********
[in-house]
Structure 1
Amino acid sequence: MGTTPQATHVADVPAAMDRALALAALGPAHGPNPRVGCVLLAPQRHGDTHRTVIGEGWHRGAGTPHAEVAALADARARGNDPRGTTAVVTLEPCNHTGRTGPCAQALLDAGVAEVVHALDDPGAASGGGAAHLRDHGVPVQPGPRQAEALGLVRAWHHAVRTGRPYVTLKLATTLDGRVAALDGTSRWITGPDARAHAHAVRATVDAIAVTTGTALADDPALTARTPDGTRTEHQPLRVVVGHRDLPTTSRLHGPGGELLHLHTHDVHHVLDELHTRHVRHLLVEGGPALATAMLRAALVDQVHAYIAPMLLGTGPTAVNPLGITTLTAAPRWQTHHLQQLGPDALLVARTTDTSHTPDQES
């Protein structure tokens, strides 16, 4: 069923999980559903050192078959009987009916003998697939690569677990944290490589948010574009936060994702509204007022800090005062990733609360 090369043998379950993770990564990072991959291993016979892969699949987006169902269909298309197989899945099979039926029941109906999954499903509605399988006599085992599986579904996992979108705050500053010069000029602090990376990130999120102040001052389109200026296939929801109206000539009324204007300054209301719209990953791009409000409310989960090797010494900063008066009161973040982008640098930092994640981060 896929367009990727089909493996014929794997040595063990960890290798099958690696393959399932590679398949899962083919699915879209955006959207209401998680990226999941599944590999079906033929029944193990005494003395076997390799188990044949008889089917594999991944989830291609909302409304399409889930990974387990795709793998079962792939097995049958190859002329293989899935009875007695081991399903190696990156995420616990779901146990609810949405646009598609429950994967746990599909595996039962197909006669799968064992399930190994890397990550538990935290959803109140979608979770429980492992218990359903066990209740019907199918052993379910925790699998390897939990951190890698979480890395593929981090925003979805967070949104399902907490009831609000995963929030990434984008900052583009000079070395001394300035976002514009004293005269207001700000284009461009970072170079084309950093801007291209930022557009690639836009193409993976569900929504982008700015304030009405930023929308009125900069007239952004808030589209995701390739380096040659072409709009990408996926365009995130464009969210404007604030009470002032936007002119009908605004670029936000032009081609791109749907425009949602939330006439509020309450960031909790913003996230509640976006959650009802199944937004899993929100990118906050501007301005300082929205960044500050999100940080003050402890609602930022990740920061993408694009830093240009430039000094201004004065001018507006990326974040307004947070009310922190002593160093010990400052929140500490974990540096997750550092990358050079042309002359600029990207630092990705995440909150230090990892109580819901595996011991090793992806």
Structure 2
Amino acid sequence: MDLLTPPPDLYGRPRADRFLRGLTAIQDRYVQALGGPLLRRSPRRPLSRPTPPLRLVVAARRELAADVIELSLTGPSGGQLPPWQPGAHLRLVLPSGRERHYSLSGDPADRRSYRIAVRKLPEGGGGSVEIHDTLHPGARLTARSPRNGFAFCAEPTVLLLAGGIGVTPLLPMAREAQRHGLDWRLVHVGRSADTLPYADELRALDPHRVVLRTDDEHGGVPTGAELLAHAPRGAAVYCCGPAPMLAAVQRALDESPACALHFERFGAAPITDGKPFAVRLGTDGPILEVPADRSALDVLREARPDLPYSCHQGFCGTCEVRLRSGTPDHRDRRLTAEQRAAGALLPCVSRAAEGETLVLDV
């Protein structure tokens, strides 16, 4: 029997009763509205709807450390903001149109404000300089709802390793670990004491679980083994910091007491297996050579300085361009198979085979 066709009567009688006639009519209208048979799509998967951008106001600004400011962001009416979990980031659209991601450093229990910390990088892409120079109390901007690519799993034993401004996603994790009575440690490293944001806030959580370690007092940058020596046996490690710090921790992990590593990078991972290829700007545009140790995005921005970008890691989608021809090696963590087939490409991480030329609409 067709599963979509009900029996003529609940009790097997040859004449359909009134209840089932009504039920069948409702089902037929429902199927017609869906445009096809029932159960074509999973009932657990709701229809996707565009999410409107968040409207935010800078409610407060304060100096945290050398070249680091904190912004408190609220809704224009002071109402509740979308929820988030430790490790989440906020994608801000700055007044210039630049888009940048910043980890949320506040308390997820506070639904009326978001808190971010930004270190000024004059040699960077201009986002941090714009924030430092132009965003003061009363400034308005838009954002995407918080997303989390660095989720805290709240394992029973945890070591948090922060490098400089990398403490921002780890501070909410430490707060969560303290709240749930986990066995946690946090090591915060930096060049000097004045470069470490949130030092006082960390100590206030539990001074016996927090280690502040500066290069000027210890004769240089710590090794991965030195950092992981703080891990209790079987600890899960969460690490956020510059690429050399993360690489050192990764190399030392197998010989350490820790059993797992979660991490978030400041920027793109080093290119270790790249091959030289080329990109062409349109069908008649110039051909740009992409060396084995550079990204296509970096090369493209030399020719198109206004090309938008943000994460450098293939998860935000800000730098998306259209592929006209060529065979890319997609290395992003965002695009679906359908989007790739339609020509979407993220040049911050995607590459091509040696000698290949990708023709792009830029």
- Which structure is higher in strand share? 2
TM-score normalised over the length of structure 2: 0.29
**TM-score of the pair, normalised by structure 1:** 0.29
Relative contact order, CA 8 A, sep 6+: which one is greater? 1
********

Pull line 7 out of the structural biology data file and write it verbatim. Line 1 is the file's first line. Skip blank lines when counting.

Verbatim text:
């Protein structure tokens, strides 16, 4: 029997009763509205709807450390903001149109404000300089709802390793670990004491679980083994910091007491297996050579300085361009198979085979 066709009567009688006639009519209208048979799509998967951008106001600004400011962001009416979990980031659209991601450093229990910390990088892409120079109390901007690519799993034993401004996603994790009575440690490293944001806030959580370690007092940058020596046996490690710090921790992990590593990078991972290829700007545009140790995005921005970008890691989608021809090696963590087939490409991480030329609409 067709599963979509009900029996003529609940009790097997040859004449359909009134209840089932009504039920069948409702089902037929429902199927017609869906445009096809029932159960074509999973009932657990709701229809996707565009999410409107968040409207935010800078409610407060304060100096945290050398070249680091904190912004408190609220809704224009002071109402509740979308929820988030430790490790989440906020994608801000700055007044210039630049888009940048910043980890949320506040308390997820506070639904009326978001808190971010930004270190000024004059040699960077201009986002941090714009924030430092132009965003003061009363400034308005838009954002995407918080997303989390660095989720805290709240394992029973945890070591948090922060490098400089990398403490921002780890501070909410430490707060969560303290709240749930986990066995946690946090090591915060930096060049000097004045470069470490949130030092006082960390100590206030539990001074016996927090280690502040500066290069000027210890004769240089710590090794991965030195950092992981703080891990209790079987600890899960969460690490956020510059690429050399993360690489050192990764190399030392197998010989350490820790059993797992979660991490978030400041920027793109080093290119270790790249091959030289080329990109062409349109069908008649110039051909740009992409060396084995550079990204296509970096090369493209030399020719198109206004090309938008943000994460450098293939998860935000800000730098998306259209592929006209060529065979890319997609290395992003965002695009679906359908989007790739339609020509979407993220040049911050995607590459091509040696000698290949990708023709792009830029």